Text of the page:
Peer Reviewed
Diabetes clinic

Reproductive life planning for women with diabetes

Josephine Laurie, David Mcintyre

With the rising incidence of pregestational and gestational diabetes, reproductive life planning relies on a key question from every healthcare provider at every medical encounter with women of reproductive age – ‘Would you like to become pregnant in the next year?’ Appropriate preconception planning and intervention results in a reduction in adverse outcomes for mother and child.

Diabetes is a chronic and burdensome disease. For women with diabetes in the preconception phase, we propose a shift in focus from chronic disease management to ‘having a healthy baby’, aiming to engage women with diabetes self-management and their healthcare providers. It is important to temper education and risk counselling with supporting the woman in her desire to experience a normal and exciting life event.1

Preconception counselling

Preconception counselling for women with diabetes should inform the woman and her partner of the potential adverse maternal and neonatal outcomes as a result of suboptimal glucose control in pregnancy. Poor glucose control at conception increases the risk of congenital malformation and, later in the gestation, may cause multiple adverse maternal, fetal and neonatal outcomes.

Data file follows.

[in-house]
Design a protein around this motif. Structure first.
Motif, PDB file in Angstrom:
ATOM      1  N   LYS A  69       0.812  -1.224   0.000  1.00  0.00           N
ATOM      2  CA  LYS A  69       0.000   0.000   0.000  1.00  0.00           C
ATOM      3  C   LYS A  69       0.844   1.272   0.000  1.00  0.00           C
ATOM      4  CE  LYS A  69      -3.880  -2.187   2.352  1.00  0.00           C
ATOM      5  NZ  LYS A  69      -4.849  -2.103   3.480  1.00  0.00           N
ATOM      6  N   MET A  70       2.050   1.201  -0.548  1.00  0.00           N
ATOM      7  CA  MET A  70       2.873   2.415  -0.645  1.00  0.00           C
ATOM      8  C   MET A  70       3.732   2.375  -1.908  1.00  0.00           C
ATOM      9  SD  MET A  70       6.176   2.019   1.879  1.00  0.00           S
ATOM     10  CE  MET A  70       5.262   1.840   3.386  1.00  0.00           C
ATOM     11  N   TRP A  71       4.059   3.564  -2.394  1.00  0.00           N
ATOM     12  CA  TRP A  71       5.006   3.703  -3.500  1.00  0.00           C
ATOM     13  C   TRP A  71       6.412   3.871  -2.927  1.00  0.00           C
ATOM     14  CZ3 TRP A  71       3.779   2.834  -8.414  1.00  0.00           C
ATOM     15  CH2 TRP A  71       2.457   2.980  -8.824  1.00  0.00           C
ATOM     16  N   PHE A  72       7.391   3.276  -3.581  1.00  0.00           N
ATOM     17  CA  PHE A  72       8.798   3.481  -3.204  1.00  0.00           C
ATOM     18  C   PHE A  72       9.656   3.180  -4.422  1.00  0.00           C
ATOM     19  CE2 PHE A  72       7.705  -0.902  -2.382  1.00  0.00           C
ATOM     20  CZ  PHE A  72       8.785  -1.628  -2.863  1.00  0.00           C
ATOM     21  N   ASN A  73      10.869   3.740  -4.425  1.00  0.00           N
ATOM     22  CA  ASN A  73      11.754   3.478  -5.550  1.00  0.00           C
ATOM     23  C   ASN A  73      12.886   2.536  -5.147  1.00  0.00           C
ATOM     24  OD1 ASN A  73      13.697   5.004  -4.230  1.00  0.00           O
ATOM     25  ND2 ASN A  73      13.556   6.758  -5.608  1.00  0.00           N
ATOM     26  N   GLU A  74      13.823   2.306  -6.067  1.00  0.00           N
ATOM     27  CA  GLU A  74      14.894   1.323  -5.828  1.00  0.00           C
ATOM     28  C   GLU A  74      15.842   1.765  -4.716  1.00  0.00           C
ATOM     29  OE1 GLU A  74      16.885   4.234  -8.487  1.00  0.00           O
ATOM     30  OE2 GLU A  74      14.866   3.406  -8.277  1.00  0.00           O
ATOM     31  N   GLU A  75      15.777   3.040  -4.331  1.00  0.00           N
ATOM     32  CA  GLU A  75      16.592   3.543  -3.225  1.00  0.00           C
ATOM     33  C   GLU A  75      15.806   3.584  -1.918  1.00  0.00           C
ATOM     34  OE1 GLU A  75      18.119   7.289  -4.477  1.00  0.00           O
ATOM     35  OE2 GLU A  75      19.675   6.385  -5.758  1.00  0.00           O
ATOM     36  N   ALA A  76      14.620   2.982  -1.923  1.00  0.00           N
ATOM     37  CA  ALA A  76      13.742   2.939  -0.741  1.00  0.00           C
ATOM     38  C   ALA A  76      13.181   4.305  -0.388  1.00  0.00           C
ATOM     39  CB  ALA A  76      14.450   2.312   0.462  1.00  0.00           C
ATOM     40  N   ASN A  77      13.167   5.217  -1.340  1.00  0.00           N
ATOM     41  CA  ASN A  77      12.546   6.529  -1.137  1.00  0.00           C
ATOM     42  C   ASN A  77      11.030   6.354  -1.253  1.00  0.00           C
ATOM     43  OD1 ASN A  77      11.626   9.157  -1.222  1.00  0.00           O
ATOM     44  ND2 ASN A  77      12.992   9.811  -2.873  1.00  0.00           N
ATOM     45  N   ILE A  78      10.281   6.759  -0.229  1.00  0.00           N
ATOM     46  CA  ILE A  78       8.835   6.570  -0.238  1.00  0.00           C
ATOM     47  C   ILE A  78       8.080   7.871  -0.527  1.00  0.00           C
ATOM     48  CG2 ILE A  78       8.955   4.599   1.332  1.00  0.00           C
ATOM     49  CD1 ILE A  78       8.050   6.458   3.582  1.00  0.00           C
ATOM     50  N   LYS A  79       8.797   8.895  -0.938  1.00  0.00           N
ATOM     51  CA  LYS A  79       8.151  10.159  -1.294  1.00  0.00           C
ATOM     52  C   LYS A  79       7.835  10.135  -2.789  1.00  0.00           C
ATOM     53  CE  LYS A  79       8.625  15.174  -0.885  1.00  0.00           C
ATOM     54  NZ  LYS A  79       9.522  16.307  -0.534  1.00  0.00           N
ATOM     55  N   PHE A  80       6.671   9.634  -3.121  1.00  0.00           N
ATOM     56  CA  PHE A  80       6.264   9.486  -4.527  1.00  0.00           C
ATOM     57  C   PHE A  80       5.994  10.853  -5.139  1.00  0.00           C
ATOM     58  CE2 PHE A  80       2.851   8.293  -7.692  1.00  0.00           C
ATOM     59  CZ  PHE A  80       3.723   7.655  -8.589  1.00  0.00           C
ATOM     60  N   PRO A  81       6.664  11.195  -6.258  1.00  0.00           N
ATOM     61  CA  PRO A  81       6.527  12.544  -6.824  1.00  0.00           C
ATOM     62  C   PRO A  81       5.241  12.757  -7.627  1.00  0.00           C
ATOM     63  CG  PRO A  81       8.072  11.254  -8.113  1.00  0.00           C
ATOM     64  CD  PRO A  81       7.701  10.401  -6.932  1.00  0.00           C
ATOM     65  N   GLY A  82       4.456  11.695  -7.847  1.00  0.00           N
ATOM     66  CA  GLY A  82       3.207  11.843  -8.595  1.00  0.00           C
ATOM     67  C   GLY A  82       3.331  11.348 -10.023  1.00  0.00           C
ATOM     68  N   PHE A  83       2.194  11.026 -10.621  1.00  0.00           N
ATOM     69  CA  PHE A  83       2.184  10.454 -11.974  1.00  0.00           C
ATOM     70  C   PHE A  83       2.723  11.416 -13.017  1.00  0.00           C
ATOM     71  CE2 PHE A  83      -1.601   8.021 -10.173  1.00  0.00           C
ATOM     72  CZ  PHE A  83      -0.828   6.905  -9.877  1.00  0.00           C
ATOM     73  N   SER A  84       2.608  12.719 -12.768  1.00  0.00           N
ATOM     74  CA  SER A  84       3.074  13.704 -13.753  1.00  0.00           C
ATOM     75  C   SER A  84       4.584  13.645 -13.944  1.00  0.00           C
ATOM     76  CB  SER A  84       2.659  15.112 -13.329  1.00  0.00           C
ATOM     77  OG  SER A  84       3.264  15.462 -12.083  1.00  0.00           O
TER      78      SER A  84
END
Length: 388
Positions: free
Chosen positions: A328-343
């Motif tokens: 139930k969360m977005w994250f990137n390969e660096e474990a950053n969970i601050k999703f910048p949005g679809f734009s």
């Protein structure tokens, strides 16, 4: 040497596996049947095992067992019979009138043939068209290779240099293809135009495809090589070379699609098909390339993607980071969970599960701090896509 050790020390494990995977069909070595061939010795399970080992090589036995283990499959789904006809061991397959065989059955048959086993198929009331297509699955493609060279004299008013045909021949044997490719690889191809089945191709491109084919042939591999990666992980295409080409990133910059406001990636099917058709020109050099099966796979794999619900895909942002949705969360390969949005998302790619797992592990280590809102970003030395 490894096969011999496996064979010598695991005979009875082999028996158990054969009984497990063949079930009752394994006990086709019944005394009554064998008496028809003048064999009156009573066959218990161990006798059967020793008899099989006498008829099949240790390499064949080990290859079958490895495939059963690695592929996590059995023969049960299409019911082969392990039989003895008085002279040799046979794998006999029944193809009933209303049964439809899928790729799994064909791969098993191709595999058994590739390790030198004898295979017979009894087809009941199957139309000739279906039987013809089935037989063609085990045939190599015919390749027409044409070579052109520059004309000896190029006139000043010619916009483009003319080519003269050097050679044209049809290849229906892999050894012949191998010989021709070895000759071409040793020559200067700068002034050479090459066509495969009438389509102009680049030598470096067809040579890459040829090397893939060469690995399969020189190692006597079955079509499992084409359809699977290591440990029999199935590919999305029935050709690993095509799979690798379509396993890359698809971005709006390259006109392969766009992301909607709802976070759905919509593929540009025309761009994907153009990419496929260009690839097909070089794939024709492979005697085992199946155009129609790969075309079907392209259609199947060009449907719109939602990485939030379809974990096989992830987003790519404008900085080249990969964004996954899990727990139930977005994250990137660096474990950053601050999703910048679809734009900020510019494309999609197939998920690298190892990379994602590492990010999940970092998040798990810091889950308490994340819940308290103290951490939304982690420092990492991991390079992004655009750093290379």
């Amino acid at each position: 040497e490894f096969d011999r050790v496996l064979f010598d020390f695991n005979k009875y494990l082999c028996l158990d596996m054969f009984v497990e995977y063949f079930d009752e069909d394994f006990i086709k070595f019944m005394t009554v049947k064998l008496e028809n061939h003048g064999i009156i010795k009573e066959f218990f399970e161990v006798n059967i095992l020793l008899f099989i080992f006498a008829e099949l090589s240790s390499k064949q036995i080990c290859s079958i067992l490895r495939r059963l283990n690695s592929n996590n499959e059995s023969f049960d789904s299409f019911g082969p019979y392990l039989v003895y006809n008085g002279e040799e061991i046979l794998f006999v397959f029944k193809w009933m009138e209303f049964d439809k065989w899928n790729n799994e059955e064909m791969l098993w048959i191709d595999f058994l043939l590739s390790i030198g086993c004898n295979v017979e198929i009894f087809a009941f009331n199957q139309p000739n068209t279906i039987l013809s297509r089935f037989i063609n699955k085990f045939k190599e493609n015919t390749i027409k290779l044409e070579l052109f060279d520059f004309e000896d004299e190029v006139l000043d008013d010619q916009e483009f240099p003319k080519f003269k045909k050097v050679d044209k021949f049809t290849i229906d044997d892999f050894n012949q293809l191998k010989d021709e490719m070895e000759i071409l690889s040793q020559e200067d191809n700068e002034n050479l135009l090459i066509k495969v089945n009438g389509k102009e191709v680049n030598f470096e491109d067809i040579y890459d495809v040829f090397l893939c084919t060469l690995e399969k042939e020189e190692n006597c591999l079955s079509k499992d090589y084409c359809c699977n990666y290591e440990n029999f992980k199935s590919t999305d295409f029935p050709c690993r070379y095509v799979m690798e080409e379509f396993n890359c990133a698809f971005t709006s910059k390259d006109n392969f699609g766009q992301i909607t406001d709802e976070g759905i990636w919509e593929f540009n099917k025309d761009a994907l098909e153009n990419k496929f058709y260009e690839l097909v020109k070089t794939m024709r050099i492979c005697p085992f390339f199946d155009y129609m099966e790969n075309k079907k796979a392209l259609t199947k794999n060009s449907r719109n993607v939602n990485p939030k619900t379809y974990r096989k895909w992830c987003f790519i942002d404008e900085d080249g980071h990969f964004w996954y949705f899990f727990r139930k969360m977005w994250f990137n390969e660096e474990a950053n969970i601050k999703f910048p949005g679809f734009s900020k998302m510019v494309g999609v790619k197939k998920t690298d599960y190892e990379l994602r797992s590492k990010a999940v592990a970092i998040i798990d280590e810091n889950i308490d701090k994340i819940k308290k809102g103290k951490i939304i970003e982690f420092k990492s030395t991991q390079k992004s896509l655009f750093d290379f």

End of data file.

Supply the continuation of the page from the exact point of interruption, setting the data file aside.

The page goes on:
Counselling should cover the risks of deterioration in pre-existing maternal diabetic complications, such as retinopathy, nephropathy and neuropathy (when present), and the increased risk of pregnancy-specific complications such as pre-eclampsia, preterm birth and caesarean birth.

Appropriate preconception planning and intervention has repeatedly demonstrated effective (and cost-effective) reduction in adverse outcomes for mother and child.2-4 With the rising incidence of pregestational and gestational diabetes, maternal obesity and advanced maternal age, the concept of reproductive life planning has been brought into sharp focus.5

Reproductive life planning relies on a key question from every healthcare provider at every medical encounter with women of reproductive age (15 to 44 years): ‘Would you like to become pregnant in the next year?’6 The concept of asking ‘every woman, every time’ has been proposed to improve the low rates of preconception care and reduce the high rates of unplanned pregnancy – estimated at 50%.6,7 Rather than focusing on just those women planning to become pregnant, we must broaden the focus to include those who may wish to defer or need to delay pregnancy to a more appropriate time and after health optimisation.